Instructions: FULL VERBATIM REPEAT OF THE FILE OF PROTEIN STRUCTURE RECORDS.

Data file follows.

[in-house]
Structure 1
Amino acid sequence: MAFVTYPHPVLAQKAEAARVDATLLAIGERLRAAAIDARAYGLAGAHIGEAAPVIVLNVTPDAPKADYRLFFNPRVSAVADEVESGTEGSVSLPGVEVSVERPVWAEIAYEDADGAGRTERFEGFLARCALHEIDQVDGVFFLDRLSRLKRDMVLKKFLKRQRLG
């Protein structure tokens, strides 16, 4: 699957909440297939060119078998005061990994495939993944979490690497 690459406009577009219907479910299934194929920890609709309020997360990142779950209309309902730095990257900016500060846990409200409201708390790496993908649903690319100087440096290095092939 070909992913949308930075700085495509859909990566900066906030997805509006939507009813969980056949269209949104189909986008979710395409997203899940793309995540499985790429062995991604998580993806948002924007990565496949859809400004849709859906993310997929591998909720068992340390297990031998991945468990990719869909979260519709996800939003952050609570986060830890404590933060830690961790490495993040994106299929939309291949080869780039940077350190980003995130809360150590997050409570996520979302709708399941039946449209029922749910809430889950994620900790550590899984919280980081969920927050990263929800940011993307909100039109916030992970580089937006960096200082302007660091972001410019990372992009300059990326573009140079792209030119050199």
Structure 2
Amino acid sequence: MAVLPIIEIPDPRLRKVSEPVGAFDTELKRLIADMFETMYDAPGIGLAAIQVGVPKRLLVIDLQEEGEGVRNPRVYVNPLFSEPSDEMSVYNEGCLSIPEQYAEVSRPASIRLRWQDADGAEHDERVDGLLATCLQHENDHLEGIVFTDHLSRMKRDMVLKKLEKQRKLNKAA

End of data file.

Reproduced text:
[in-house]
Structure 1
Amino acid sequence: MAFVTYPHPVLAQKAEAARVDATLLAIGERLRAAAIDARAYGLAGAHIGEAAPVIVLNVTPDAPKADYRLFFNPRVSAVADEVESGTEGSVSLPGVEVSVERPVWAEIAYEDADGAGRTERFEGFLARCALHEIDQVDGVFFLDRLSRLKRDMVLKKFLKRQRLG
């Protein structure tokens, strides 16, 4: 699957909440297939060119078998005061990994495939993944979490690497 690459406009577009219907479910299934194929920890609709309020997360990142779950209309309902730095990257900016500060846990409200409201708390790496993908649903690319100087440096290095092939 070909992913949308930075700085495509859909990566900066906030997805509006939507009813969980056949269209949104189909986008979710395409997203899940793309995540499985790429062995991604998580993806948002924007990565496949859809400004849709859906993310997929591998909720068992340390297990031998991945468990990719869909979260519709996800939003952050609570986060830890404590933060830690961790490495993040994106299929939309291949080869780039940077350190980003995130809360150590997050409570996520979302709708399941039946449209029922749910809430889950994620900790550590899984919280980081969920927050990263929800940011993307909100039109916030992970580089937006960096200082302007660091972001410019990372992009300059990326573009140079792209030119050199």
Structure 2
Amino acid sequence: MAVLPIIEIPDPRLRKVSEPVGAFDTELKRLIADMFETMYDAPGIGLAAIQVGVPKRLLVIDLQEEGEGVRNPRVYVNPLFSEPSDEMSVYNEGCLSIPEQYAEVSRPASIRLRWQDADGAEHDERVDGLLATCLQHENDHLEGIVFTDHLSRMKRDMVLKKLEKQRKLNKAA